Texas organizers are a different breed entirely from your garden variety east or west coast activist. Austin, an oasis of liberal bustle in the thick of Texas’s vast conservatism, seems to be a springboard for bad-ass women committed to local organizing. We talked to 3 native Texans these last few days, all of whom feel an urgency to put into action the change they want to see.
Elsa (left), the chief-of-staff for state representative Trey Martinez Fischer, chose the world of politics to pursue what she believes in. She grew up in the border town Pharr, surrounded by “incredibly tough” Mexican women and her activist father. She is a feminist, putting issues like sexual health and family planning in the forefront of her politics. Elsa splits her time between Austin and San Antonio, which makes her contemplate the dynamic of activism in each place. “It can be soul-killing to organize outside of Austin,” she says, “but it’s tough to be in an urban area where the same ideas are thrown around.” Mostly she sees her job as “connecting the dots,” and besides convincing the other side, “work[ing] with like-minded groups to build coalitions.” Elsa is hopeful about the future of feminism. “If you’re an organizer, you have to be optimistic about change…or else you might as well get off the wagon right now.”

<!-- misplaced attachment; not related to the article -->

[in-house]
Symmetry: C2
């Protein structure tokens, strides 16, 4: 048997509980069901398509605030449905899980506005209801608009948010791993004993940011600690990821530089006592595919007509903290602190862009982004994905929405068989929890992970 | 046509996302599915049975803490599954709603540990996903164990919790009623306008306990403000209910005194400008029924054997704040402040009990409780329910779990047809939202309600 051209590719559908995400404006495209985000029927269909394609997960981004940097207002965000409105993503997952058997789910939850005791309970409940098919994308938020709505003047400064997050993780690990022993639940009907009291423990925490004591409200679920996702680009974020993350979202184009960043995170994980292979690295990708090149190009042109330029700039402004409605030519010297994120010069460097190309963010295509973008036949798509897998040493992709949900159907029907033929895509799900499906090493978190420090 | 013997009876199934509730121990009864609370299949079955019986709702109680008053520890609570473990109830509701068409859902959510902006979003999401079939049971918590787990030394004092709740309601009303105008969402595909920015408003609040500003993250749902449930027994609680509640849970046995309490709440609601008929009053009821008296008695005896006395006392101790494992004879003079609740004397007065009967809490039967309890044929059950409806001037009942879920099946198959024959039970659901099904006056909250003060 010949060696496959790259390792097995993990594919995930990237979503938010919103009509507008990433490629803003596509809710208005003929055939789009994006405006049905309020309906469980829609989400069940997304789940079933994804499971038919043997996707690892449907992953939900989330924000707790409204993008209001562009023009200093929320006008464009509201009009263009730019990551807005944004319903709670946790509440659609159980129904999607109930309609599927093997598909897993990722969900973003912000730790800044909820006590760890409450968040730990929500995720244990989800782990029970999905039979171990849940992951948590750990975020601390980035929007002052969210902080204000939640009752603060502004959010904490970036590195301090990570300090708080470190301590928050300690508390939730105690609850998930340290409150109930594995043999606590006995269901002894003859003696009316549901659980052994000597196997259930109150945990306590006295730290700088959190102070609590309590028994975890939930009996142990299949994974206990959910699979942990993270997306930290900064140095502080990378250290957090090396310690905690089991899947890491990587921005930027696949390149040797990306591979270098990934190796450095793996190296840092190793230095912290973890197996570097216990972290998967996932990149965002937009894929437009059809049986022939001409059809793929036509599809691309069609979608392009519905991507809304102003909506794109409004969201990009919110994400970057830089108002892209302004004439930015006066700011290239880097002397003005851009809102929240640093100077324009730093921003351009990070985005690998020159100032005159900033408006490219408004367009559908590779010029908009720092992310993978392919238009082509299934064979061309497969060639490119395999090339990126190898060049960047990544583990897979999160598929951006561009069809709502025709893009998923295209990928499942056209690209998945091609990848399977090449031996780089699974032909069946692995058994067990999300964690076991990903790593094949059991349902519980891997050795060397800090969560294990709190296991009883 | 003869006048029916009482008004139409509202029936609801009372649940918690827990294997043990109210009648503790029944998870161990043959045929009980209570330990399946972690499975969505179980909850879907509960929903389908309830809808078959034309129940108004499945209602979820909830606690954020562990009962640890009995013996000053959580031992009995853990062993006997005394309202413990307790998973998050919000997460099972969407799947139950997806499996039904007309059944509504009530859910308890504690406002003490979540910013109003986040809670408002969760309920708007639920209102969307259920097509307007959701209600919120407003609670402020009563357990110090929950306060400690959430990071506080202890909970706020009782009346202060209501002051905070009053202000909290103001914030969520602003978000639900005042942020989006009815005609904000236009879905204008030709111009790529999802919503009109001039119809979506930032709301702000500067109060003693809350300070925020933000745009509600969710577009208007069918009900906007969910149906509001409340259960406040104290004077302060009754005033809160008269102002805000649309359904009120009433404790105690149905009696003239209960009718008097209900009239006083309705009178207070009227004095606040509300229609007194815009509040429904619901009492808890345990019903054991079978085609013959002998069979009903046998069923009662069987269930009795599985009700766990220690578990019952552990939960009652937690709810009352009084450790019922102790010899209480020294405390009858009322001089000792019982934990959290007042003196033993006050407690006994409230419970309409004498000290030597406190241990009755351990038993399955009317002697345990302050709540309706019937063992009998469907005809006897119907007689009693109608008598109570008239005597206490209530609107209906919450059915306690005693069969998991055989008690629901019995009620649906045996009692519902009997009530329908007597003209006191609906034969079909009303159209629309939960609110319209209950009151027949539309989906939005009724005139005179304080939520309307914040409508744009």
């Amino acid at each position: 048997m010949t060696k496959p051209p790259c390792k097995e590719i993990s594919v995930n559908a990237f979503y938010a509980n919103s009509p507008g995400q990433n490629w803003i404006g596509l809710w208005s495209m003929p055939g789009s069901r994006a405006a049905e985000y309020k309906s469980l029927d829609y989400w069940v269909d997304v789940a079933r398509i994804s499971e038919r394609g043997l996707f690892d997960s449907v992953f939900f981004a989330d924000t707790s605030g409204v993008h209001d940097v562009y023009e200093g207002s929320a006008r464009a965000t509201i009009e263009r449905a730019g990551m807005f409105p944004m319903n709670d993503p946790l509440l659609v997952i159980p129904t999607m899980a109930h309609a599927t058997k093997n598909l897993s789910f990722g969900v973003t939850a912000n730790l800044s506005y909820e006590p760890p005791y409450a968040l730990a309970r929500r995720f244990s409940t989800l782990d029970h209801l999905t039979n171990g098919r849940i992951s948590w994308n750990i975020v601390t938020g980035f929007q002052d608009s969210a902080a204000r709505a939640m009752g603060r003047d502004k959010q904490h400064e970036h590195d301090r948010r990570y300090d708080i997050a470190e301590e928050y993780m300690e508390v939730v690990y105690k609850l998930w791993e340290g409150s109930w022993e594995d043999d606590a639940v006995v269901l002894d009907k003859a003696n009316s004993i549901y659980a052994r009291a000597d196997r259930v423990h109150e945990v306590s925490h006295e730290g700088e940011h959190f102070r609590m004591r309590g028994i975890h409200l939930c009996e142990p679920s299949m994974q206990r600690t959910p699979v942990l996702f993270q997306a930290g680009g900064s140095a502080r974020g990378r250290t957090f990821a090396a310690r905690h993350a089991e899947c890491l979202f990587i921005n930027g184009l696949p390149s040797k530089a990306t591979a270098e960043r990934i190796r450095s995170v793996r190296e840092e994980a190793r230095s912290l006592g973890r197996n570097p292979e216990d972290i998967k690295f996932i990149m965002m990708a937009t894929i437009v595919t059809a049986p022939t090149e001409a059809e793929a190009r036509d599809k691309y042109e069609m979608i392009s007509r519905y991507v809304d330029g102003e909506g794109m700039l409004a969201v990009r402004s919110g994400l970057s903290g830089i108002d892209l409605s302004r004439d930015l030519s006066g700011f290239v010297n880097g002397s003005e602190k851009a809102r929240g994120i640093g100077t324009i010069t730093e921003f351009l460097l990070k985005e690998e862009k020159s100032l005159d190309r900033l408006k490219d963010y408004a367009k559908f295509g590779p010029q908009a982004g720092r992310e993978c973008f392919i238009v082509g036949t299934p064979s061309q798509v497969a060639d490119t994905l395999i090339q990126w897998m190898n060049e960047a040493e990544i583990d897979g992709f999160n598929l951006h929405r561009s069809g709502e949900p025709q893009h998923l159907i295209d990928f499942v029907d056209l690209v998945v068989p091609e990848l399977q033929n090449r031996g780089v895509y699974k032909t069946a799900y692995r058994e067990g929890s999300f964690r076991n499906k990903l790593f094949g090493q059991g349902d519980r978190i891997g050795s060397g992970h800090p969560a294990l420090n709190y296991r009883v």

Laurie (right), the 27-year-old political director of Texas’s branch of NARAL, was born and raised in both Austin and South Texas. She has spent years committed to pro-choice activism in Texas, reaching out to as diverse groups by arguing in logical, relatable terms. “Of course I am a feminist, but I would never call myself that at the Capitol,” she says. “Why poke that hornet’s nest? I tell people, ‘Texas is the #1 state for teen pregnancy—at least we can all agree on pregnancy prevention, right?’” Meanwhile, she says, she frames the issue differently when talking with Mexican-American women in border towns. Condemning teenage pregnancy is “not appropriate,” Laurie says; in communities where young pregnancy is part of the culture, she frames the issue as the right to prenatal health care. No matter who she is talking to, her Texas roots come in handy. “I’m aware, and I think it comes across to people, that I’m sweeping my own doorstep.”
Erika (below), also 27, grew up in the border town of Eagle Pass in a trailer park. Her father was a Tejano musician and her mother worked at Walmart for many years before she got her teaching degree, a goal which Erika also pursued. But later, Erika became involved with PODER, which she now co-directs. PODER was started by a group of Chicanos to challenge environmental injustices in East Austin, an area to which people of color were once forcibly relocated. Erika would have called herself a feminist a few years ago but now feels less comfortable with the title. “I call myself a woman or a woman of color…but also I don’t have a problem with the term ‘Chicana feminist.’” She acknowledges that feminism isn't a priority for most women, explaining “If you asked the women of Juarez facing femicide if they were feminists, they would say, ‘I don’t care, I’m just trying to get my children back.’” Regardless of the barriers between women and the issues they face, she hopes to see all women “come together somehow” in the future.